We all know Labor Day signals the official end of summer, but in Texas, we also know that-- it's TEXAS-- we do our own thing!  School started weeks ago and the summer heat will last another month.  However, that doesn't dampen our spirits when it comes to the other Labor Day traditions:  BBQ and homemade ice cream!  Ben is a terrific BBQ-er and I'm hoping to persuade him to do a guest blog sometime.  He made the best smoked pork shoulder ever yesterday! He always does a chicken at the same time, which is another one of his specialities.  
You'll have to wait on the secrets of Texas BBQ (He's got another yard project going right now and wants to get it done in the "cool" hours of the day.), but that brings us to the other Labor Day subject:  homemade ice cream!
When Marie was little, we used to have all the neighbor kids over and make ice cream the old fashioned way.  It was fun to let / (force) them all to take turns cranking away.  Now, I have the most wonderful invention by Cuisinart!  If you have one of their counter-top ice cream makers, you know what a great machine it is.  It makes up to a quart of ice cream in no time!  I always thought I didn't need one, but they don't cost much, so I thought I'd give one a try.  Turns out it's so easy and fun to use, I've made all kinds of ice creams and sorbets that I wouldn't have even tried before, especially now that I don't have the "child labor" hanging around my neighborhood anymore!  They all grew up-- or got smarter-- or both!
Anyway, there were lovely figs at the Farmer's Market, and that got me thinking about the Orange-Fig gelato at our Austin Whole Foods Market.  Ben loves that stuff, and if we even pass through Austin,  he usually stops for an "Orange-Fig" break!  I decided to try making my own version and came up with this recipe, adapted from a fig ice cream recipe from the "Chez Panisse Desserts" cookbook.  It turned out really delicious!  Creamy, but refreshing, it was the perfect dessert for a 100 degree "end of summer" celebration :)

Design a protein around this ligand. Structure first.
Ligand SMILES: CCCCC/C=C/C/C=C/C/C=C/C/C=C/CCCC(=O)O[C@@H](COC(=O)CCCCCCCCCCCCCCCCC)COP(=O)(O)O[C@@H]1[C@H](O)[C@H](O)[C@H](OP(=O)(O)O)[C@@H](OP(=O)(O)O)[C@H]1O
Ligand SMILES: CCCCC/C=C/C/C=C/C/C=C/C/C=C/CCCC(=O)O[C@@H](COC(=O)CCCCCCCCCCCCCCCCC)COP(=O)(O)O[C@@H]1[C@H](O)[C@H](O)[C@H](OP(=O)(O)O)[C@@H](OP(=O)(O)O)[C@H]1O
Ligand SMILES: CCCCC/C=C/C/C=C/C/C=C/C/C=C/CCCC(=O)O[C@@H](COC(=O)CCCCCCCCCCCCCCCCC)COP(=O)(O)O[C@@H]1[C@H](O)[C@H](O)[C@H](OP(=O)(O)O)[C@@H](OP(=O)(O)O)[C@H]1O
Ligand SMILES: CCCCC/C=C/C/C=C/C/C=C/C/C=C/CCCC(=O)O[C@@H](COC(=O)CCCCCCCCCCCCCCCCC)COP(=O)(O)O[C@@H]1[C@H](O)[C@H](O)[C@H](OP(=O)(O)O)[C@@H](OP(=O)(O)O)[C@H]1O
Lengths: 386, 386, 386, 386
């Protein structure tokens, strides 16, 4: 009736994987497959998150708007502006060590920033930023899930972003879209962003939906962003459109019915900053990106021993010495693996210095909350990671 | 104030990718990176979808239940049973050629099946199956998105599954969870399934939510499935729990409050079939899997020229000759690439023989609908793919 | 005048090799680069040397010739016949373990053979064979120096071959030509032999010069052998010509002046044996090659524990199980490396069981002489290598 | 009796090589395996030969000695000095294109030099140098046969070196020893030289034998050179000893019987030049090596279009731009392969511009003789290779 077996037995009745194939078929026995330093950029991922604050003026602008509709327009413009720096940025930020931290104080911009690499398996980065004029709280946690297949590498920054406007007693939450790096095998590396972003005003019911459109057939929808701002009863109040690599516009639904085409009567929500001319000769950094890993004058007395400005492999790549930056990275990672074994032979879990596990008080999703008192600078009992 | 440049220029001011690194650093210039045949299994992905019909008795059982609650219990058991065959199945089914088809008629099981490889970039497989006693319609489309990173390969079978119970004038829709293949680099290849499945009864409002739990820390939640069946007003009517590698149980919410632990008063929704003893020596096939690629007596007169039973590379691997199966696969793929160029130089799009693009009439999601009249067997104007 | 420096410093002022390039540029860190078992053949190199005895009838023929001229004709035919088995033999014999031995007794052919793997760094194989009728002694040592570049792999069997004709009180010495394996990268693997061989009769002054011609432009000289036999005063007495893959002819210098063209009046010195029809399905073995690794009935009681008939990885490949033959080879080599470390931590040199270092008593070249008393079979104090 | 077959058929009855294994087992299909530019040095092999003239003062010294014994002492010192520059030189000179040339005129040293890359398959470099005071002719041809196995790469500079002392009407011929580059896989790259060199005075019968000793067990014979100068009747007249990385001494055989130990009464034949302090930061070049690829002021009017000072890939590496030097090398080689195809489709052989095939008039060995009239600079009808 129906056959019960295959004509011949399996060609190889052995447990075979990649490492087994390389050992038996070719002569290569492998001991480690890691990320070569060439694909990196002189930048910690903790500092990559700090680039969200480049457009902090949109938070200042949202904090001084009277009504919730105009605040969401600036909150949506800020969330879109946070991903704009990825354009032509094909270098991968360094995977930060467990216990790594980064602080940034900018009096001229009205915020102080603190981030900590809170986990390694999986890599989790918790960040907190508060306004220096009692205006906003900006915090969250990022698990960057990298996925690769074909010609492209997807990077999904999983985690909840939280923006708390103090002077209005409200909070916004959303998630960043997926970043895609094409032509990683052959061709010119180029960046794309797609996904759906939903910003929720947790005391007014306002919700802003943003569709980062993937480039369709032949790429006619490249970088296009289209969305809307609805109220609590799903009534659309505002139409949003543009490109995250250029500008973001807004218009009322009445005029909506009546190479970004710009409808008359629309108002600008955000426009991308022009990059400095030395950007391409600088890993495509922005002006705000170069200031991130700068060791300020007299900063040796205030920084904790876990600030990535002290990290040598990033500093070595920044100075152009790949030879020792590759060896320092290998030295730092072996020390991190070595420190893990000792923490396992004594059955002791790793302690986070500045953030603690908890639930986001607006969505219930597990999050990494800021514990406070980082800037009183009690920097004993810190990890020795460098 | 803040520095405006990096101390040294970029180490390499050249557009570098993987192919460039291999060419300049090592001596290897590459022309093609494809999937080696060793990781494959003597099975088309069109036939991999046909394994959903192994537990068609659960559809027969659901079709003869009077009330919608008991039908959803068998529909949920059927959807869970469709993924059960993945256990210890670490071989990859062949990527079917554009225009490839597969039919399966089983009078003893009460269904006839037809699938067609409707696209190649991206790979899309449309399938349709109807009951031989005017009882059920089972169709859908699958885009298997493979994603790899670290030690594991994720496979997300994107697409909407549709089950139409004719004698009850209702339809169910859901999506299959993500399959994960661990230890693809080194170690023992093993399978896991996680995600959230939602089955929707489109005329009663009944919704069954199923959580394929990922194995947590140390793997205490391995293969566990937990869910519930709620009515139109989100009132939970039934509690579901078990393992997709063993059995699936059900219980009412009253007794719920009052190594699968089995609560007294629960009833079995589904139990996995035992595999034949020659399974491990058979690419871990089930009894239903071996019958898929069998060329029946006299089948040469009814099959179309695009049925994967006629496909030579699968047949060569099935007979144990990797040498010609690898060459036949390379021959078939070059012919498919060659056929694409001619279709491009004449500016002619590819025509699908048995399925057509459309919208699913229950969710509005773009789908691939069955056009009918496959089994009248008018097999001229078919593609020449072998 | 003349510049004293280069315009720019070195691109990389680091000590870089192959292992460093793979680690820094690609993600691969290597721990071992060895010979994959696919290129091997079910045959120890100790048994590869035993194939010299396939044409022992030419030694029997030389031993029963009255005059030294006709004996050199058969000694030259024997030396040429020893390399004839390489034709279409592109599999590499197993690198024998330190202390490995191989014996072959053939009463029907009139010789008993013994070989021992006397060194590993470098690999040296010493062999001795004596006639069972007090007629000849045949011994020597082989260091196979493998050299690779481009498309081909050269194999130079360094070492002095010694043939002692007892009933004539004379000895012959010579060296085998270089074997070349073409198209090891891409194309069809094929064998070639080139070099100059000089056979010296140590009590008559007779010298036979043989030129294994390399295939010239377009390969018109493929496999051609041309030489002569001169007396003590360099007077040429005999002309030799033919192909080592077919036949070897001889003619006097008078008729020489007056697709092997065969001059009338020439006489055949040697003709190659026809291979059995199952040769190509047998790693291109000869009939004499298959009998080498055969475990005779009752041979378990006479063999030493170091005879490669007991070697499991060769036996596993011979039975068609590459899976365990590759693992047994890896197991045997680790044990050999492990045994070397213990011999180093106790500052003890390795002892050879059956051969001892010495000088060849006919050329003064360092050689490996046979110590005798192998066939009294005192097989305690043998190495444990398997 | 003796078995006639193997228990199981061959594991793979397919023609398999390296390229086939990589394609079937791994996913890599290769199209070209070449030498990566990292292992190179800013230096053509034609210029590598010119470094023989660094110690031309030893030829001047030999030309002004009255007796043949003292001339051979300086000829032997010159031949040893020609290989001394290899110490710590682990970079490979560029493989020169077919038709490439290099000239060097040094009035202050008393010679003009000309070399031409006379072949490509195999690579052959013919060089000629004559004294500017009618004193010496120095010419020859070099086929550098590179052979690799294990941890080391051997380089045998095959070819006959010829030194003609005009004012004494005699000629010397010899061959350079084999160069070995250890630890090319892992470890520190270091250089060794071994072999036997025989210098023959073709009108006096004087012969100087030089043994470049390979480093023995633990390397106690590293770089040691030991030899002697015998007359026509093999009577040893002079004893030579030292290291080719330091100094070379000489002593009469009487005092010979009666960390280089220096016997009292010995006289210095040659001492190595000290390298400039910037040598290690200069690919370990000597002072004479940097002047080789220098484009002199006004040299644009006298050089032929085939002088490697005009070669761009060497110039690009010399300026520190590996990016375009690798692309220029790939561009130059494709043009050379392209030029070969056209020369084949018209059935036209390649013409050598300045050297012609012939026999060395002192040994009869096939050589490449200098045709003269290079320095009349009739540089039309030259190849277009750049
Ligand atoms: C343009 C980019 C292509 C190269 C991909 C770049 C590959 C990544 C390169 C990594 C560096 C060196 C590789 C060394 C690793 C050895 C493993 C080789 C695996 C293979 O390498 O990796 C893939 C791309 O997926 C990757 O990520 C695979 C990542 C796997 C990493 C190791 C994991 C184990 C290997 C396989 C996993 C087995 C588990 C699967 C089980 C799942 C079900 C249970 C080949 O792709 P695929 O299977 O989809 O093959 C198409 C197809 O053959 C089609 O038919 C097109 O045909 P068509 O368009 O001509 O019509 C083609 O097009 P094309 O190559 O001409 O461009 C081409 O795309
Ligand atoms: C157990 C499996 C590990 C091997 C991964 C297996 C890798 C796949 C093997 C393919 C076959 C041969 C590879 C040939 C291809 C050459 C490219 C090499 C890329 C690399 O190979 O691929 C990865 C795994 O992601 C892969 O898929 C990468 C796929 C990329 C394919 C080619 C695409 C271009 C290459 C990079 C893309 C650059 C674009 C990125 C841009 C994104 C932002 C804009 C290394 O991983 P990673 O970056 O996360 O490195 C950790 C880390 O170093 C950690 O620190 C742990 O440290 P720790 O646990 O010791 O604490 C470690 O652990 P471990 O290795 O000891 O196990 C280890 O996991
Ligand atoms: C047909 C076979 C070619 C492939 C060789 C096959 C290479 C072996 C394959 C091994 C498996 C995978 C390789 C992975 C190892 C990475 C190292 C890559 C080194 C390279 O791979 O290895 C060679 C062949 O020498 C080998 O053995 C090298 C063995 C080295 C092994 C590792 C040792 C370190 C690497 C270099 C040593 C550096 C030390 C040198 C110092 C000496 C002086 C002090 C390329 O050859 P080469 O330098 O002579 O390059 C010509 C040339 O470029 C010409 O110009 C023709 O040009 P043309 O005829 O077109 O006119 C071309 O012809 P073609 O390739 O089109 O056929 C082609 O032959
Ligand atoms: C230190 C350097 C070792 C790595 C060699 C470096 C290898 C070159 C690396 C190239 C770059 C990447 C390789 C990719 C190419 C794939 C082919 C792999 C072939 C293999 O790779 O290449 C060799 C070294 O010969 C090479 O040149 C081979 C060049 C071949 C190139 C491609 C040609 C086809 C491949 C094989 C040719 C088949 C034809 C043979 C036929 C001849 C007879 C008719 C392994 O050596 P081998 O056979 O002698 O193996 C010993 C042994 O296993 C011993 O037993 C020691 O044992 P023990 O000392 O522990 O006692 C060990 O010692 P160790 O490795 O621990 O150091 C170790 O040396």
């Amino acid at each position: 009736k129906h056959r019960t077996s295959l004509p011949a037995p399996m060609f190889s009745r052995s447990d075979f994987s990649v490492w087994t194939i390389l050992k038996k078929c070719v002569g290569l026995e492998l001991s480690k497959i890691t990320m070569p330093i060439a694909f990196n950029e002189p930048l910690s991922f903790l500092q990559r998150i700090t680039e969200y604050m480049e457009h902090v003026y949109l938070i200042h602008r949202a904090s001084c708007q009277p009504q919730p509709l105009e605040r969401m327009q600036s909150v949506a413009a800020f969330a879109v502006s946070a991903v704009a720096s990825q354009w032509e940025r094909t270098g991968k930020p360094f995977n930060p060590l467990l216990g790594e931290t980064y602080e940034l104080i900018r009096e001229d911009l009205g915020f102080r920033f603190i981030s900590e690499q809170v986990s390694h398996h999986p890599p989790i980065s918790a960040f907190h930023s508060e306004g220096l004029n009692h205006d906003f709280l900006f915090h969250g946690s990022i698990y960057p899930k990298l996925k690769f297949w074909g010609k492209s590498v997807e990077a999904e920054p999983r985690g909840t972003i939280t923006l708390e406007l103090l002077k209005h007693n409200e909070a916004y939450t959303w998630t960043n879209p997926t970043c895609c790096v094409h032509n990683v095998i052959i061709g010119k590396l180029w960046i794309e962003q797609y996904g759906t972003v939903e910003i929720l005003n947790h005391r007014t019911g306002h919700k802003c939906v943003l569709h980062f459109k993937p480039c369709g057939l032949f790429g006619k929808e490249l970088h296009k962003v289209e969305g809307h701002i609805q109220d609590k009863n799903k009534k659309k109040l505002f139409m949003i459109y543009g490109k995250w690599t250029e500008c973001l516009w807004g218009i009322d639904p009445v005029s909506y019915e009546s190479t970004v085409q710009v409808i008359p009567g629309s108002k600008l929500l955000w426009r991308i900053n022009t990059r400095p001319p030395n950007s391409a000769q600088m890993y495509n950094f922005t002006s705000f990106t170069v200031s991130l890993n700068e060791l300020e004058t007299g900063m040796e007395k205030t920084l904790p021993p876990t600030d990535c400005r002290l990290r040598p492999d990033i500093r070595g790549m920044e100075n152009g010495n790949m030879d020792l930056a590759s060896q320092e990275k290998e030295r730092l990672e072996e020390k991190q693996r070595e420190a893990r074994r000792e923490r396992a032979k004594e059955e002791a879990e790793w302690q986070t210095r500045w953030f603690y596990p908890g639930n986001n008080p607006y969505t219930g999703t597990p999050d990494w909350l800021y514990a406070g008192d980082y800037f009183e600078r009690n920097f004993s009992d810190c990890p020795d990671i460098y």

Orange-Fig Ice Cream
1 lb. very ripe figs
3 Tbl. fresh squeezed orange juice
grated rind of one small orange
1.5 cups light cream (like half and half)
1/2 cup sugar + 1 Tbl.
3 egg yolks (lightly beaten with a fork)
1/2 tsp. vanilla

Slice off the stems from the figs and cut them into quarters.  Place them in a small pot (not aluminum) with the orange juice and rind.  Cook over low heat until they are very soft, about 20 minutes, stirring often.  Mash the figs with a potato masher, put them through a food mill, or process into a puree in a food processor.  Set aside.
Warm 1 cup of the cream and the sugar in another (not aluminum) saucepan, whisking.  When the sugar has dissolved, take the pan off the heat and whisk in the egg yolk slowly.  Keep whisking briskly until the yolks are blended in completely.  Put the pan back on the heat and cook and stir until it is slightly thickened.  Use gentle heat. 
Add the remaining cream, the vanilla and the fig puree.  Stir well and pour into a non-metal container.  Chill in the fridge thoroughly, then process in the ice cream maker.  If you have time and will-power, pack the ice cream in a plastic container and put it in the freezer to harden and develop more flavor.

Aren't figs so beautiful?!